While talking about your significant accomplishments, you should try and avoid these four mistakes:
- Lying – Always answer honestly; this gives credibility to your answer and helps make your solution unique.
- Bragging – Always be lowkey; bragging is a sign of overcompensating, which comes across as poor quality.
- Long answers – Long and time-consuming answers can test the interviewer’s attention. Be concise and to the point with your answer.
- Indecisiveness – Have a structured answer ready beforehand so you don’t have to think of an answer on the spot and come across as indecisive.
“What is your greatest accomplishment” example answers
Here are some good responses to the classic interview question “what is your greatest achievement”:
Entry-level sample answer
“What is your greatest accomplishment?”
“One of my greatest accomplishments was completing a project that required me to work with a new team and taking on responsibilities of the previous team lead. The project helped the company improve efficiency and save money and time while helping me get recognition, learn teamwork skills, and test my abilities.”
Mid-career sample answer
“What is your biggest accomplishment at work?”
“I was asked to lead an important project presentation in the unforeseen absence of my manager, in front of important stakeholders. I had to understand the nitty-gritties of the project and thoroughly study the entire course of the project at the eleventh hour, in order to deliver a good presentation. I consulted the project manager and the team and understood the details, while examining what to highlight during the presentation. The presentation was a success, and I received a promotion and a raise.”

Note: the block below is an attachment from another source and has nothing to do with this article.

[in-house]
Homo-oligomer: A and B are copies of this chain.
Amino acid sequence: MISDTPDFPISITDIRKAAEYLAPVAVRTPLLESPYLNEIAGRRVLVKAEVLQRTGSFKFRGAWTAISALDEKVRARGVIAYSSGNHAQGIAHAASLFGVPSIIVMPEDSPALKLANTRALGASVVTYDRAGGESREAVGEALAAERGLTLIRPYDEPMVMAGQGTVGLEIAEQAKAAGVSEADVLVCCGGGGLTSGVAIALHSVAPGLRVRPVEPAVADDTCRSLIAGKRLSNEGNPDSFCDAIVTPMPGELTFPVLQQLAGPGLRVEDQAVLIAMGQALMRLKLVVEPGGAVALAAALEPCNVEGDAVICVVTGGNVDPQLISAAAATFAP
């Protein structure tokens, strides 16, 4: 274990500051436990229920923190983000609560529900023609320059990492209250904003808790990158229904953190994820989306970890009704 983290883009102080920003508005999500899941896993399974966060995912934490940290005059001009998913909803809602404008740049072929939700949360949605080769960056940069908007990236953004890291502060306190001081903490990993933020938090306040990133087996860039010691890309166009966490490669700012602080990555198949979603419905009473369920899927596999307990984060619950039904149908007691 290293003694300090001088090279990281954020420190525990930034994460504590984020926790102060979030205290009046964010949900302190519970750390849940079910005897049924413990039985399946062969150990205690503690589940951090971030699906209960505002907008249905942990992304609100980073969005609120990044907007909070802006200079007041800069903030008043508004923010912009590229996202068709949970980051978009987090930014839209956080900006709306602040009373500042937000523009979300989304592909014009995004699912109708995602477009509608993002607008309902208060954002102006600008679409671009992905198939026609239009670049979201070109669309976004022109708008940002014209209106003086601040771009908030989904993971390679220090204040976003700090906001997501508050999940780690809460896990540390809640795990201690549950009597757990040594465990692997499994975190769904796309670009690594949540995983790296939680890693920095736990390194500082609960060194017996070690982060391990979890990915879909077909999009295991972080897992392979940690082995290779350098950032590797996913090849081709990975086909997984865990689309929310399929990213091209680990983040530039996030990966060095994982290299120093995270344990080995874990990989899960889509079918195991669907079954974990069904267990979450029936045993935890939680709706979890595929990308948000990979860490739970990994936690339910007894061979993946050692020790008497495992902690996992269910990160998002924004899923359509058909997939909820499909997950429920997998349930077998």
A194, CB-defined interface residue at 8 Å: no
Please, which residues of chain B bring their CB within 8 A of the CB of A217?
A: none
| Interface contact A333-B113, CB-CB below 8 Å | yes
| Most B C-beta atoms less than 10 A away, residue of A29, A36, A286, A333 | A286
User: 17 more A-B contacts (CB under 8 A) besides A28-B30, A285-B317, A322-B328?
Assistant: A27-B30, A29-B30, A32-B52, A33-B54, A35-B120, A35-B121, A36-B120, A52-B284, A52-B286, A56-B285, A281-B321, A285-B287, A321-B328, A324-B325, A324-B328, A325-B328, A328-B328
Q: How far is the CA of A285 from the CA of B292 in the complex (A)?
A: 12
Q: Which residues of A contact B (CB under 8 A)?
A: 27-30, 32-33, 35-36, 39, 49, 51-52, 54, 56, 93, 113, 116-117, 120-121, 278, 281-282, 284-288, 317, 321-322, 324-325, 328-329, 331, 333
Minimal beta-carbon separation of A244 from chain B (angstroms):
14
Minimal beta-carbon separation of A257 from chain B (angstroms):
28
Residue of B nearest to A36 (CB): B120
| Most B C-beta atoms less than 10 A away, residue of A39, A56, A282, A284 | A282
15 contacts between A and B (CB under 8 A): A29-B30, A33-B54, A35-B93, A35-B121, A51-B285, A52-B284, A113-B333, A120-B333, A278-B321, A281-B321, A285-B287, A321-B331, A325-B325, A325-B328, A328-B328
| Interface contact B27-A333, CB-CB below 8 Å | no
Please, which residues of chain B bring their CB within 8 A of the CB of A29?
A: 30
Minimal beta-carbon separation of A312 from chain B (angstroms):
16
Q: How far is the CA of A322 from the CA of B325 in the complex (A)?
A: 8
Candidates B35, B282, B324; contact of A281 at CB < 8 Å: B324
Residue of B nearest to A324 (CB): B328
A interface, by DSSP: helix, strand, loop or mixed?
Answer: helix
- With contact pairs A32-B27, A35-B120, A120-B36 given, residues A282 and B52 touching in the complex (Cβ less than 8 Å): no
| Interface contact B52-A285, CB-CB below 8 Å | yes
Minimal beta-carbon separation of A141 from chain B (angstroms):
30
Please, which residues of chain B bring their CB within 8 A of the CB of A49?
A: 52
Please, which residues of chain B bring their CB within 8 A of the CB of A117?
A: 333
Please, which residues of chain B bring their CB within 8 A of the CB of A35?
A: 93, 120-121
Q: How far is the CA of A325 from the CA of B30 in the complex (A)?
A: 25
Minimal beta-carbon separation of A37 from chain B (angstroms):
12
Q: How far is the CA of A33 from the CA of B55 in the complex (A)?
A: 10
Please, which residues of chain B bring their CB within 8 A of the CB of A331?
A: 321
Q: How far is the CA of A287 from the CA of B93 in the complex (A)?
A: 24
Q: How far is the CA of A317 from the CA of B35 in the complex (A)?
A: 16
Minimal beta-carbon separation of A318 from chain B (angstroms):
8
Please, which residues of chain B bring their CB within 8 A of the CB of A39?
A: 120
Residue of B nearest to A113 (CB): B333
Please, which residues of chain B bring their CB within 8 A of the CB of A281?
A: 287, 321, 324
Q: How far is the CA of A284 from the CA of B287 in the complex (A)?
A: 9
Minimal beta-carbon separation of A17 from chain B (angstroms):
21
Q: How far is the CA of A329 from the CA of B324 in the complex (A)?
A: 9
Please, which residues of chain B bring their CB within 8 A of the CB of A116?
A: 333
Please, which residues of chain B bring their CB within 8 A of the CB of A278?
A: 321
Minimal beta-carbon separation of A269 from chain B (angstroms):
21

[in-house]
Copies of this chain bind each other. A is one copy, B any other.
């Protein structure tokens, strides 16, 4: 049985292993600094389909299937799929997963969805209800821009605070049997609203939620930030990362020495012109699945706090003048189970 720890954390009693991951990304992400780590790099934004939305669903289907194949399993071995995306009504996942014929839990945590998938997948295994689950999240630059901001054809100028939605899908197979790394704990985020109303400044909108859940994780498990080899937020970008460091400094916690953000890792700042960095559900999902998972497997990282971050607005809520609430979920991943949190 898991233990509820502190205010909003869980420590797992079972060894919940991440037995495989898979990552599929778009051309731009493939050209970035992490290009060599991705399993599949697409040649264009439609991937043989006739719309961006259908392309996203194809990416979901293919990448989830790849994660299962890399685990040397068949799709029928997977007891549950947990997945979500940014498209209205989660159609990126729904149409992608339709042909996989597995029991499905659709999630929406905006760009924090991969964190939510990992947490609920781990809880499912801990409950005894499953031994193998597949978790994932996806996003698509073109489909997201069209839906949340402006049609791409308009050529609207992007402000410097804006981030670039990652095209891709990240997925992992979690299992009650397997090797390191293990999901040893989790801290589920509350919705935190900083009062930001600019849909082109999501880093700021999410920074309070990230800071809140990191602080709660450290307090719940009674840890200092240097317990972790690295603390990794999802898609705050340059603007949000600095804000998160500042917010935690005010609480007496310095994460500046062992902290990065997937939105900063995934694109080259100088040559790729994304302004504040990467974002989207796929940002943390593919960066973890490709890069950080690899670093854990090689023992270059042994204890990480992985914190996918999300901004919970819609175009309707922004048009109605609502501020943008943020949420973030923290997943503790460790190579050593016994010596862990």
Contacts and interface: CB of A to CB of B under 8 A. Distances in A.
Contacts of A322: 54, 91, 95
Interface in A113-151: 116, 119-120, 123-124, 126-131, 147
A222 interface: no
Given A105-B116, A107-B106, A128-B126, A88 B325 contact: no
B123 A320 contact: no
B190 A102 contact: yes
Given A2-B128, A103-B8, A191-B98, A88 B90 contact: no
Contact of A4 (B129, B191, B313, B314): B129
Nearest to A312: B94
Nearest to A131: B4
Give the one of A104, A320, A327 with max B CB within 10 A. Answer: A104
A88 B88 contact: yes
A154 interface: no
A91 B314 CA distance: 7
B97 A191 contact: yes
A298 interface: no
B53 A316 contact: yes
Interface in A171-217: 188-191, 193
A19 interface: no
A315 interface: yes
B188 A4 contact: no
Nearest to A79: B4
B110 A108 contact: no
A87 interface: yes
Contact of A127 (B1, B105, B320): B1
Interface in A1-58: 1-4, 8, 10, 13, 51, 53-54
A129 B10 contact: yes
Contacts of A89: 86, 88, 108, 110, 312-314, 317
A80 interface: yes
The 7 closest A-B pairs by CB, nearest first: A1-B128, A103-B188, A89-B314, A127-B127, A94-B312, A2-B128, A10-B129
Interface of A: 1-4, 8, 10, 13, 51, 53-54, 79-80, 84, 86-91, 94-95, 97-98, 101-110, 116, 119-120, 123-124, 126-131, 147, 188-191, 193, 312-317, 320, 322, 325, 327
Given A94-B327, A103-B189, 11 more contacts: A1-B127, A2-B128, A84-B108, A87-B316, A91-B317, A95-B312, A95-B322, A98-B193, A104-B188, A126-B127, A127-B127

Experienced professional sample answer
“What is your greatest professional achievement?”
”The entire marketing team struggled to meet the quarterly goals when I joined. I was hired to create a new marketing strategy in order to make the team profitable. I devised an entire marketing plan with very little guidance which would show results within six months. Our team achieved 25-30% above the goals, and the marketing plan brought in a profit of $2M revenue by the end of the year’s second half.”
My greatest achievement examples for students
The approach for this question for students and recent graduates is different, given that there is less – to – no experience, therefore changing the focus of the answer.
Sample answer #1
“My greatest achievement was paying for college all by myself. I planned to pay for college and other expenses like student accommodation in Melbourne by myself and found ways to finance it. I would take up part-time jobs in different fields and started a landscaping business where I earned through junior and sophomore years. As a result of my effort, I was able to graduate debt-free by working during the summer and saving up.”
Sample answer #2
“I was working part-time at my university with very little financial support from my family, which shifted my focus away from studying. I had to prioritize my coursework and studies whilst trying to make a living, so I had to plan accordingly. I had to work odd shifts to pay for tuition fees, IQ Tufnell House and groceries expenses and then pull all-nighters to ace my exams, which compromised my social life and health. I graduated top of my class and received numerous job interview offers from my choice of companies.”